In addition to being an advocate raising awareness for kids, Vargas has strived to be a fan friendly driver. Prior to the COVID-19 pandemic, he had been a driver that race fans could walk up to and have a conversation with. Since the start of the pandemic however, Vargas had to find another avenue to be approachable.

As the motorsports world turned to iRacing, Vargas spotted an opportunity. He created the eTruck Series Night in America, which at the time became the highest-streamed iRacing event. Vargas also hosted Street Stock races on the motorsports simulation service, inviting fans and other competitors to join in.

“It’s been really fun,” admitted Vargas. “I mean, I’ll go on iRacing all the time and host a random Street Stock race, and we’ll get upwards of 35, 40 people entering, and we’ll fill the server. It’s opened a lot of opportunities for the fans to kind of race with me and have fun. It’s all about just showing you guys that I’m that driver that they can walk up to at the track, have a conversation with. I’m not going to blow anybody off. I want to be that guy that fans root for.

“To see what we were be able to do in such a short period of time and we just made lots of connections within eSports and NASCAR, it’s been very, very fun.”

Gaining Experience…Virtually

While Vargas has had fun on iRacing, he’s also used the simulation as a tool. Of the six remaining races in the 2020 season, the TikTok driver has experience at just two tracks, Kansas Speedway and Phoenix Raceway.

With no practice or qualifying due to COVID-19, iRacing has been where Vargas has turned to gain experience. He will be making his first career starts at Talladega Superspeedway, the Charlotte Motor Speedway Roval, Texas Motor Speedway, and Martinsville Speedway. Vargas specifically identified the Roval as a place he is using iRacing to learn.

“iRacing’s a great tool to use, especially when I’m going to all these tracks for the first time,” Vargas stated. “I don’t consider myself a road course guy, but I love road course racing. Definitely utilizing iRacing a bunch just so when I do go to the Roval, I know where I need a brake or whatever you can do. It’s a very valuable tool for that.”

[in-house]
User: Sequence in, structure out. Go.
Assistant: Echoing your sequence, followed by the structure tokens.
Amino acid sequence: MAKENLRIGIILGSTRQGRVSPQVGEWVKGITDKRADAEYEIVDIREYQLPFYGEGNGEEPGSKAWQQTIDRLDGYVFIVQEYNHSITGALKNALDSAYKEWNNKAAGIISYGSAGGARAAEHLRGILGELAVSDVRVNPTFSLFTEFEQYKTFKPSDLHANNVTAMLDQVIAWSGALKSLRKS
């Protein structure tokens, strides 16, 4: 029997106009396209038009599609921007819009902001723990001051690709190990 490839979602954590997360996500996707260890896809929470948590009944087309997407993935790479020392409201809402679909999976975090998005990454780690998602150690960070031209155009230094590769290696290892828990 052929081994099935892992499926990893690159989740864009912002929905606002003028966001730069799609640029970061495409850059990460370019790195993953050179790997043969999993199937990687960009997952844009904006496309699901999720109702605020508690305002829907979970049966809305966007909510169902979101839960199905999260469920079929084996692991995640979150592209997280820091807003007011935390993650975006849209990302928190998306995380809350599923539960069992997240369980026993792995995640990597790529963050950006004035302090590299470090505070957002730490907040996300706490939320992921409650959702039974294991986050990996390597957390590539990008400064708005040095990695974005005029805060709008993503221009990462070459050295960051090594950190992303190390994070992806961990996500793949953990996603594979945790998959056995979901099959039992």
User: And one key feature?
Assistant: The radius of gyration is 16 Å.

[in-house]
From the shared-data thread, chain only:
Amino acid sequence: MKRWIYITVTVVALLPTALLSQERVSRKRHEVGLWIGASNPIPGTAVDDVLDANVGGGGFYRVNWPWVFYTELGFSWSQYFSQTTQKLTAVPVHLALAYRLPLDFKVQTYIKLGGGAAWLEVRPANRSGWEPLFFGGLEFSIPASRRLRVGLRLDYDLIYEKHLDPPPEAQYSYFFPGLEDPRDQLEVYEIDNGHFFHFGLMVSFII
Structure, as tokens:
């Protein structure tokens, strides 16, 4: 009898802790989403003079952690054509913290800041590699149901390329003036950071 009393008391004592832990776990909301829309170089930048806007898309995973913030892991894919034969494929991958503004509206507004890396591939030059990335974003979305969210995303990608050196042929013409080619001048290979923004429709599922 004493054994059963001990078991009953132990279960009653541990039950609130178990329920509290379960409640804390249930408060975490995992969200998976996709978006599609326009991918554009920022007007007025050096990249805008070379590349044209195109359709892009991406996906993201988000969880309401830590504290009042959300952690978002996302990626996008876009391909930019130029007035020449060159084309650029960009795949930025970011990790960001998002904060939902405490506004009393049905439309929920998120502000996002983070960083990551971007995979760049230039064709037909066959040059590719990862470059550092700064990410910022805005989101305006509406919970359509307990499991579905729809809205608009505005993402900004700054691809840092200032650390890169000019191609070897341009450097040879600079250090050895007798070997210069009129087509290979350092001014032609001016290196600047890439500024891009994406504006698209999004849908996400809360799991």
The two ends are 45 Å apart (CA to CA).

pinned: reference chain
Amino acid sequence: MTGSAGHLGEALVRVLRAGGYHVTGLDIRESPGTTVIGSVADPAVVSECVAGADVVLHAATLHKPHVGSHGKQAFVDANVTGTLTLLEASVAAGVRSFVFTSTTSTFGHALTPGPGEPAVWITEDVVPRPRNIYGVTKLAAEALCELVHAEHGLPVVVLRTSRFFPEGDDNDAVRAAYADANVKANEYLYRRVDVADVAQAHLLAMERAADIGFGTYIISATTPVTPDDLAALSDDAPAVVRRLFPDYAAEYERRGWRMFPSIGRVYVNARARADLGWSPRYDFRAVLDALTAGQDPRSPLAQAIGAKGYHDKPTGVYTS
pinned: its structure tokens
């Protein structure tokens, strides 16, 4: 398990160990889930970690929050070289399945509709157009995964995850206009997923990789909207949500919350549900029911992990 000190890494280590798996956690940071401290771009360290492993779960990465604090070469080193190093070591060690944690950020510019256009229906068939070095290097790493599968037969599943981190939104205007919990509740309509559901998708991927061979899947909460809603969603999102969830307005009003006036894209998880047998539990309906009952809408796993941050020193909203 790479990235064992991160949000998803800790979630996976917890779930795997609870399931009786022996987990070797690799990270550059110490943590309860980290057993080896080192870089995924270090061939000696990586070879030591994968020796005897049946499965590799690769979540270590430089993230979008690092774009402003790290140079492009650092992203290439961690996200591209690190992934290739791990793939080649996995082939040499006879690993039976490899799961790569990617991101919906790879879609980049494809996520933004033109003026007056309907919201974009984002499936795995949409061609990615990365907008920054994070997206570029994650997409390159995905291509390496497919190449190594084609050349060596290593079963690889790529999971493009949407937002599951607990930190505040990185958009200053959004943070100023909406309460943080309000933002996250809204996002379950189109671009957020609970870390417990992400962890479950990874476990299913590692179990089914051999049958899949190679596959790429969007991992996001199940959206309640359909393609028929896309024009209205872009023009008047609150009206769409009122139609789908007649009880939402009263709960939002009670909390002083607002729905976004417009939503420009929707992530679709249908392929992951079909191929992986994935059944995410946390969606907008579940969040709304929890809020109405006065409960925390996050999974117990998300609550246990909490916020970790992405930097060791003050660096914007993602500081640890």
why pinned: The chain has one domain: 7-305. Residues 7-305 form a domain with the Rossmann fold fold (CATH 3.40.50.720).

TikTok and NASCAR Next

The TikTok sponsorship came to be after Ryan Pistana posted screenshots of a then-fantasy paint scheme for iRacing. Upon seeing the paint scheme, representatives from TikTok contacted NASCAR and Vargas and the sponsorship opportunity grew from there.

The contacts that Vargas had at NASCAR also stemmed from his time as a NASCAR Next competitor. The program taught Vargas, and others, more about marketing and media relationships in addition to on-track experience.

“It opened up a lot of opportunities for myself,” said Vargas. “It introduced me to a lot of great partners within the sport. When we landed this TikTok deal, I leaned on a lot of people that I originally met, some from NASCAR Next. It gives you a lot of contacts and really, it’s a lot of useful information that you have to take advantage of and I’m really glad I was a part of it.”

Advocate, Driver, and a Mechanic

When Vargas hasn’t been behind the wheel at the track or on iRacing, he’s been working on the car. The NASCAR Next alumnus has been a member of the road crew for JD Motorsports. However, that is nothing new for Vargas as he has always been hands-on with every racecar he has driven.

By doing so, he had gained a new respect for what his team does week in and week out. At the same time, he as earned the respect of his crew members because he works hard to protect his equipment.

“I feel like if you can go there and work with the team and learn from them, learn what goes into these cars to earn not just a new respect for what they do, but you earn their respect. When you go out there and race, they’re going to put the best that they can on the track to give you as good of a car as possible.”

Looking Ahead

For Vargas, the Xfinity Series Ag-Pro 300 at Talladega marks the next rung on the ladder for his career. His ultimate goal is to race on a more regular, full-time basis. He recognizes that comes down to funding though, and is hopeful for the future.

“The goal is to race more on a regular basis,” admitted Vargas. “Then again, that comes down to sponsorship. I’m hoping to carry some partners in the next year, but also find new ones. We’re always looking for business, open to have new partners on the car. We had a lot of things in the works that I’m just really very excited for what opportunities present themselves.”

Photo by NKP / NKP Photo